JUDICIAL SELF-RESTRAINT The activities that judges are forbidden to engage in


JUDICIAL SELF-RESTRAINT The activities that judges are forbidden to engage in, or at least discouraged from engaging in, deal not so much with jurisdiction as with justiciability — the question of whether judges in the system ought to hear or refrain from hearing certain types of disputes. Ten principles of judicial self-restraint, discussed below, serve to check and contain the power of American judges. These maxims originate from a variety of sources —

 the U.S. Constitution and state constitutions, acts of Congress and of state legislatures, and the common law. Some apply more to appellate courts than to trial courts; most apply to federal and state judicial systems. A Definite Controversy Must Exist The U.S. Constitution states that “the judicial Power shall extend to all Cases, in Law and Equity, arising under this Constitution, the Laws of the United States, and Treaties made...under their Authority” (Article III, Section 2). The key word here is cases. Since 1789 the federal courts have chosen to interpret the term in its most literal sense: There must be an actual controversy between legitimate adversaries who have met all the technical legal standards to institute a suit. The dispute must concern the protection of a meaningful, nontrivial right or the prevention or redress of a wrong that directly affects the parties to the suit.

 There are three corollaries to this general principle. The first is that the federal courts do not render advisory opinions, rulings about situations that are hypothetical or that have not caused an actual clash between adversaries. A dispute must be real and current before a court will agree to accept it for adjudication. A second corollary is that the parties to the suit must have proper standing. This notion deals with the matter of who may bring litigation to court. The person bringing suit must have suffered (or be immediately about to suffer) a direct and significant injury. As a general rule, a litigant cannot bring a claim on behalf of others (except for parents of minor children or in special types of suits called class actions). In addition, the alleged injury must be personalized and immediate — not part of some generalized complaint. The third corollary is that courts ordinarily will not hear a case that has become moot — when the basic facts or the status of the parties have significantly changed between the time when the suit was first filed and when it comes before the judge(s).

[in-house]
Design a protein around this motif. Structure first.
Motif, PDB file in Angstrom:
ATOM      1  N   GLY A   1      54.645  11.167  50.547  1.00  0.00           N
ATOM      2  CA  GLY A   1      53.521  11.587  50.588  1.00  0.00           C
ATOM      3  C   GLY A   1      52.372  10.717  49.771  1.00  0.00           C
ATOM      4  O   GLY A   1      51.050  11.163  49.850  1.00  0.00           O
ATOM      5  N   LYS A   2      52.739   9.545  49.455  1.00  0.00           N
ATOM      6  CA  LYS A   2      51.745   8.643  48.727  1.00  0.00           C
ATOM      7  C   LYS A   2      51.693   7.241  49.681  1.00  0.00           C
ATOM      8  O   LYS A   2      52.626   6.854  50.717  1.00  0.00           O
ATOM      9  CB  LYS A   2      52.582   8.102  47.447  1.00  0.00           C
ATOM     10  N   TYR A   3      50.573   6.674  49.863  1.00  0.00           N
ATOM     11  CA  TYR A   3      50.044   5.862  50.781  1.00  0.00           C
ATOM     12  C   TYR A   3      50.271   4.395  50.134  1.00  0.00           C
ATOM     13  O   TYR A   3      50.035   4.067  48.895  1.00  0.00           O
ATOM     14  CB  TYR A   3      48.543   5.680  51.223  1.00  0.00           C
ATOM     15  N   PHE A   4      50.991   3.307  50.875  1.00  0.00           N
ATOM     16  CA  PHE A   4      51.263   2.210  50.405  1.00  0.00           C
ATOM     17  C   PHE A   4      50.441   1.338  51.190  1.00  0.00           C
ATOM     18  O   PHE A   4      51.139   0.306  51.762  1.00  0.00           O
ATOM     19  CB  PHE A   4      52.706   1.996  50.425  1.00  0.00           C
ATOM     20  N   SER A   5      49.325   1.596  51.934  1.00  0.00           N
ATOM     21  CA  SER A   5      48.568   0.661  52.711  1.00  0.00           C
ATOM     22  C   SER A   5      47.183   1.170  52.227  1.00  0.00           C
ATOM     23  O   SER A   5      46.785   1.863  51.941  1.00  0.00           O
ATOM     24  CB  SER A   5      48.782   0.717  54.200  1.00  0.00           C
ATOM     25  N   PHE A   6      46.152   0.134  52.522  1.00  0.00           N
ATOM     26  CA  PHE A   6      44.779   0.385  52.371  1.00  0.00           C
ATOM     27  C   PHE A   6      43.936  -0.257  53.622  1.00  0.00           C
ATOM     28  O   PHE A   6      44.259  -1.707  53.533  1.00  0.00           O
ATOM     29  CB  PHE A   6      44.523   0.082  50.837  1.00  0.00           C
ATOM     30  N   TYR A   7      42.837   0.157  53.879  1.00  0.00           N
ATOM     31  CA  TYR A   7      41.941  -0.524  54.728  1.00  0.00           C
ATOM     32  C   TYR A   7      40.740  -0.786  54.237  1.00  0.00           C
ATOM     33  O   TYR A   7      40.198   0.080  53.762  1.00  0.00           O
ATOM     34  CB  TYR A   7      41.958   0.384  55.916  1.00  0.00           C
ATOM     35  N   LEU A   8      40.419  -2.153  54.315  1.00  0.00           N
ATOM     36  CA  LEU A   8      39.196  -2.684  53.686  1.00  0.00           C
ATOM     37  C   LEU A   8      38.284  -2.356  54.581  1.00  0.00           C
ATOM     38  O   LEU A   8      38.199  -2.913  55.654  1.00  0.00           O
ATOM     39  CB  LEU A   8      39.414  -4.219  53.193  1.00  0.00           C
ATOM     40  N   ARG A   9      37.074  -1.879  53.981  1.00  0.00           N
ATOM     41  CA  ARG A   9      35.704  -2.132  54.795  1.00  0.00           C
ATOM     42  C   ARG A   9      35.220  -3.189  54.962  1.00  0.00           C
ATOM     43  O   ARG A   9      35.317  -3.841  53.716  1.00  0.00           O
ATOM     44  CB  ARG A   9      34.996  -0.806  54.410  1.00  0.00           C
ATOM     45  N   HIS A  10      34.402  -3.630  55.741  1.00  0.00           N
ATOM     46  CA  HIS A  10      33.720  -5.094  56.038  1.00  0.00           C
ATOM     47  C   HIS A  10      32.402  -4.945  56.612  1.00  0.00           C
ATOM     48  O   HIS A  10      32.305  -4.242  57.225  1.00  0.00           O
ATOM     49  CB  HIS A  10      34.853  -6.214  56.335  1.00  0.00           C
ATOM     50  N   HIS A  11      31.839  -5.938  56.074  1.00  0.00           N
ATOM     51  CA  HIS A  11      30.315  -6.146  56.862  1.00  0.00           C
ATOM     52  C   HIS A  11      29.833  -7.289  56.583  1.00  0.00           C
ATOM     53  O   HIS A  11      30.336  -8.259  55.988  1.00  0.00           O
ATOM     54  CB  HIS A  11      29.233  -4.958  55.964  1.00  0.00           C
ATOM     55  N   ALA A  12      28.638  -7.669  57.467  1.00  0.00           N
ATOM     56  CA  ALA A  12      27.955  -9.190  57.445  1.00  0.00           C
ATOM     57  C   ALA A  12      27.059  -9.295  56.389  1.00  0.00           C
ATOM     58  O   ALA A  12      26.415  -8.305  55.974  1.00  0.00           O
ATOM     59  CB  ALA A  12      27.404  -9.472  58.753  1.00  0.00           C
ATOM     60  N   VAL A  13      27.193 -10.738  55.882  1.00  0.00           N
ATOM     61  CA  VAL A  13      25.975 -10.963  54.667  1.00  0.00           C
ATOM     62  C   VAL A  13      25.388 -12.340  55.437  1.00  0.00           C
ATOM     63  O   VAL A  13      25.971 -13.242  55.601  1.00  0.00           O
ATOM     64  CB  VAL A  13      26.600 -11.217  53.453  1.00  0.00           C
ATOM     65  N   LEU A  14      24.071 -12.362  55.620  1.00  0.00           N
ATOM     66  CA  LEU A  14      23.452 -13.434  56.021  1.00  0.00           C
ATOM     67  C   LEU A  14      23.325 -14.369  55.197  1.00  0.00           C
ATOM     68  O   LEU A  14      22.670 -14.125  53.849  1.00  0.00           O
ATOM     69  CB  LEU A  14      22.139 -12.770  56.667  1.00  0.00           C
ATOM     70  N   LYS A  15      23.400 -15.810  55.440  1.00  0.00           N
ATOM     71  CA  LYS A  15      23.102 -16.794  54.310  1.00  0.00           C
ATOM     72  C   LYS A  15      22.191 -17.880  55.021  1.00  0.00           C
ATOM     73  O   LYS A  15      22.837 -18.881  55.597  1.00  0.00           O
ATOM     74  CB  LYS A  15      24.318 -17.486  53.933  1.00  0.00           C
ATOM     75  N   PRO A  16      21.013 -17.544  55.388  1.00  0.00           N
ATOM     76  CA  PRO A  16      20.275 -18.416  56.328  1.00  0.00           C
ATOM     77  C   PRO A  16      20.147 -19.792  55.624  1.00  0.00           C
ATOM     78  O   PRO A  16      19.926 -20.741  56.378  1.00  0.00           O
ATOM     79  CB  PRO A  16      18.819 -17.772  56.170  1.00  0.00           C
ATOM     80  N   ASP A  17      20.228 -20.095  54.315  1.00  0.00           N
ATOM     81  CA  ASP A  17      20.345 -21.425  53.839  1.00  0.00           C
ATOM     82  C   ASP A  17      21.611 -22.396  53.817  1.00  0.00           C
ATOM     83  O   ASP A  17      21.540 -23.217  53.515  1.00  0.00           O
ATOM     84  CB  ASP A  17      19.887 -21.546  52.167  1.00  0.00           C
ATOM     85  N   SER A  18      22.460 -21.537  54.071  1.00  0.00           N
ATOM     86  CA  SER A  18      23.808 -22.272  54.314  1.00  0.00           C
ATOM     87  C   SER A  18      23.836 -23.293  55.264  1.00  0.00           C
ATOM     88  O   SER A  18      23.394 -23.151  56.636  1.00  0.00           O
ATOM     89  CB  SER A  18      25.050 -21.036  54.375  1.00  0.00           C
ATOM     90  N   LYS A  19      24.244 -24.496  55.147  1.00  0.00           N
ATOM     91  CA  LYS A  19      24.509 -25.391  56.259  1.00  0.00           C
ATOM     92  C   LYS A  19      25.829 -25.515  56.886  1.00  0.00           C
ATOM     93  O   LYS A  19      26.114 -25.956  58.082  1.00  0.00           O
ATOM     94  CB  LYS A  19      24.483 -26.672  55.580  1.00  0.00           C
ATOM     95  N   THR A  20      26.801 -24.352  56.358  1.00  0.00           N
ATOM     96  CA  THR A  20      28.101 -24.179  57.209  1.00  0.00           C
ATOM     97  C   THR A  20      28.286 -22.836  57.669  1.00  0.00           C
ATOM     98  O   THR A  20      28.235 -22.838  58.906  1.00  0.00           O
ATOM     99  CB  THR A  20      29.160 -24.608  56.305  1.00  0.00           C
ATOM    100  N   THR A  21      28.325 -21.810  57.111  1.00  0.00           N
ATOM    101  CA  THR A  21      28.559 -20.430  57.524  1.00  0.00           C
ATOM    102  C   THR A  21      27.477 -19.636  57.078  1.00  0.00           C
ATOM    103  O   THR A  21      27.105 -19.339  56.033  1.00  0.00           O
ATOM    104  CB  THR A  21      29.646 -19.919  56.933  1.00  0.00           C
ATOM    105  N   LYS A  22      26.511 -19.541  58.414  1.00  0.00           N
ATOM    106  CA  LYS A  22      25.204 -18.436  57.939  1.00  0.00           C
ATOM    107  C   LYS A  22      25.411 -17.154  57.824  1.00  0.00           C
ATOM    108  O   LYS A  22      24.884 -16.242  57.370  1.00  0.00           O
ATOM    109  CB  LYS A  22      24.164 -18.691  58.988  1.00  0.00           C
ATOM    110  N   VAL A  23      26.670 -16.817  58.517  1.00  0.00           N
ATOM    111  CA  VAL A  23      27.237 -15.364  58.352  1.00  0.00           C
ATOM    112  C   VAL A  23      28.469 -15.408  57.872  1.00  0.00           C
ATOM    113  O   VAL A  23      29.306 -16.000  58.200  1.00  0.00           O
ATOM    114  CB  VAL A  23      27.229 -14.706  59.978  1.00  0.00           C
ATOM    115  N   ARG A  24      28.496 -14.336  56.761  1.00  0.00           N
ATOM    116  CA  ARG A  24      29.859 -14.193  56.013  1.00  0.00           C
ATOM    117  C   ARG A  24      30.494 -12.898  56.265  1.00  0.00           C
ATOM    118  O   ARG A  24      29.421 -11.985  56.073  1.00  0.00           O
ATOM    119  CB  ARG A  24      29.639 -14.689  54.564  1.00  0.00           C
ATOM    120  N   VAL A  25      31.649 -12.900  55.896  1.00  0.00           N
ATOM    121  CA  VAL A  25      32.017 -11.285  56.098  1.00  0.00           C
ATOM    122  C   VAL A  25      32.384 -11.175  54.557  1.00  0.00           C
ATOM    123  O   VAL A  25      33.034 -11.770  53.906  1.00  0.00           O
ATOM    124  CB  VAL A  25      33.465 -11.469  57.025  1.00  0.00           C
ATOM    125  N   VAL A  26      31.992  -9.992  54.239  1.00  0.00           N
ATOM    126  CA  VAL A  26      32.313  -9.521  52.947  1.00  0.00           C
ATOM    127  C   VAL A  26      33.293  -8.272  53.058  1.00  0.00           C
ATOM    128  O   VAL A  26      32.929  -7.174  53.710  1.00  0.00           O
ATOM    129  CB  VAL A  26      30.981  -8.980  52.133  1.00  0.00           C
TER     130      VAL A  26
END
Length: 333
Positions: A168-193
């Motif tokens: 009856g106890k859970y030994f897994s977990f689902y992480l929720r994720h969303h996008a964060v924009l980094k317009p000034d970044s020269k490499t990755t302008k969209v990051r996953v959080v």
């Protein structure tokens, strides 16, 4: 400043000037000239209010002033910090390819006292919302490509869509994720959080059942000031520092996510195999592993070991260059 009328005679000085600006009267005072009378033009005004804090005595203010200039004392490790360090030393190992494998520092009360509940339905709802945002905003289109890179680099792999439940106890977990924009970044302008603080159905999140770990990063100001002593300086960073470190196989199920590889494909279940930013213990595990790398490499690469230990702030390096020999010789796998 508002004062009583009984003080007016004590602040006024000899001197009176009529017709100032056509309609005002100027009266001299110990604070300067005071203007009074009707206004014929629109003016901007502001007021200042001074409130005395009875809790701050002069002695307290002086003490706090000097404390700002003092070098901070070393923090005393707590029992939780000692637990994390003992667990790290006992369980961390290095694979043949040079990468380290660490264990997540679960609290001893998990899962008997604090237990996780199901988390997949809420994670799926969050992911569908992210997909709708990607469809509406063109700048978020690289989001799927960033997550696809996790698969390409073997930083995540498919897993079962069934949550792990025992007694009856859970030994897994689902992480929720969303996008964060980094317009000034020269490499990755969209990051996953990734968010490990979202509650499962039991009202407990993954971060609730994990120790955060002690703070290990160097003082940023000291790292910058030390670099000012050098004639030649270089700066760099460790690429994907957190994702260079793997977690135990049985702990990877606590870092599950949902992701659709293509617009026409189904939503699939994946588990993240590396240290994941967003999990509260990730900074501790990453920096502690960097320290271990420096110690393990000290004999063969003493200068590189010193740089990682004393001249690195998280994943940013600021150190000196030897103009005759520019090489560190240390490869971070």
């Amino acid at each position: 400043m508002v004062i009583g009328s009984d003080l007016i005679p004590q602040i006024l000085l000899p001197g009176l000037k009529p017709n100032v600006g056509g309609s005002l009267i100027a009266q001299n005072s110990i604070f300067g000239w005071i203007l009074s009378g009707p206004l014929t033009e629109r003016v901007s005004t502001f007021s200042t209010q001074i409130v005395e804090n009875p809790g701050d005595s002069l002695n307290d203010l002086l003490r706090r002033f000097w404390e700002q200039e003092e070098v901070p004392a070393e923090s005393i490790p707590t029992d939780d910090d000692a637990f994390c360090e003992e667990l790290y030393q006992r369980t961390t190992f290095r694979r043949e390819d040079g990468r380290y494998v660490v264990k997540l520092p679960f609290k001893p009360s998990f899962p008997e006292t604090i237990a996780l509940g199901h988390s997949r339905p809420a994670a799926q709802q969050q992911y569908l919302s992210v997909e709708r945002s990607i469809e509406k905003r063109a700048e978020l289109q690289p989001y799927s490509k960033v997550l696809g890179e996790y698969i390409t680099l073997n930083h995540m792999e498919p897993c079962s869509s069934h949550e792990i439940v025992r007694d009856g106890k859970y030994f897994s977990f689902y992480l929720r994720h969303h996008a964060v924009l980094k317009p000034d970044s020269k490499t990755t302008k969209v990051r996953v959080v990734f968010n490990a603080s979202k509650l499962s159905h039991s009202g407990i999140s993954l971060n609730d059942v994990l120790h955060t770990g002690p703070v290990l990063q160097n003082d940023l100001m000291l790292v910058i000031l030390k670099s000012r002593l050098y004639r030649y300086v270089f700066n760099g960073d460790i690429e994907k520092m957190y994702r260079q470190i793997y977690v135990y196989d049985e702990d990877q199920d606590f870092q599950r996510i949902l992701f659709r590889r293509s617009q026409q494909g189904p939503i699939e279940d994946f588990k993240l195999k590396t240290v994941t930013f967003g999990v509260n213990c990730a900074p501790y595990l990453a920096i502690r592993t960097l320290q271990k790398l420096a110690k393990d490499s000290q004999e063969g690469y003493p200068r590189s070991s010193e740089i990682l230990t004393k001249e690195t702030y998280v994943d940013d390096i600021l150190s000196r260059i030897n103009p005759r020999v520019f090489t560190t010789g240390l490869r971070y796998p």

The death of a litigant or the fact that the litigants have ceased to be warring CHAPTER 3: JURISDICTION AND POLICY-MAKING BOUNDARIES 63 parties would render a case moot in most tribunals. However, sometimes judges may decide that it is necessary to hear a case, even though the status of the facts and parties would seem to have radically altered. Examples include cases where someone has challenged a state’s refusal to permit an abortion or to permit the life-support system of a terminally ill person to be switched off. (In such cases, by the time the suit reaches an appellate court, the woman may already have given birth or the moribund person may have died.) In these cases judges have believed that the issues were so important that they needed to be addressed by the court. To declare such cases moot would, 

practically speaking, prevent them from ever being heard in time by an appellate body. Although federal judges do not rule on abstract, hypothetical issues, many state courts are permitted to do so in some form or other. Federal legislative courts may give advisory opinions as well. Also, American judges are empowered to render declaratory judgments,

 which define the rights of various parties under a statute, a will, or a contract. The judgments do not entail any type of coercive relief. The federal courts were given the authority to act in this capacity in the Federal Declaratory Judgment Act of 1934, and about three-fourths of the states grant their courts this power. Although a difference exists between an abstract dispute that the federal courts must avoid and a situation where a declaratory judgment is in order, in the real world the line between the two is often a difficult one for jurists to draw.

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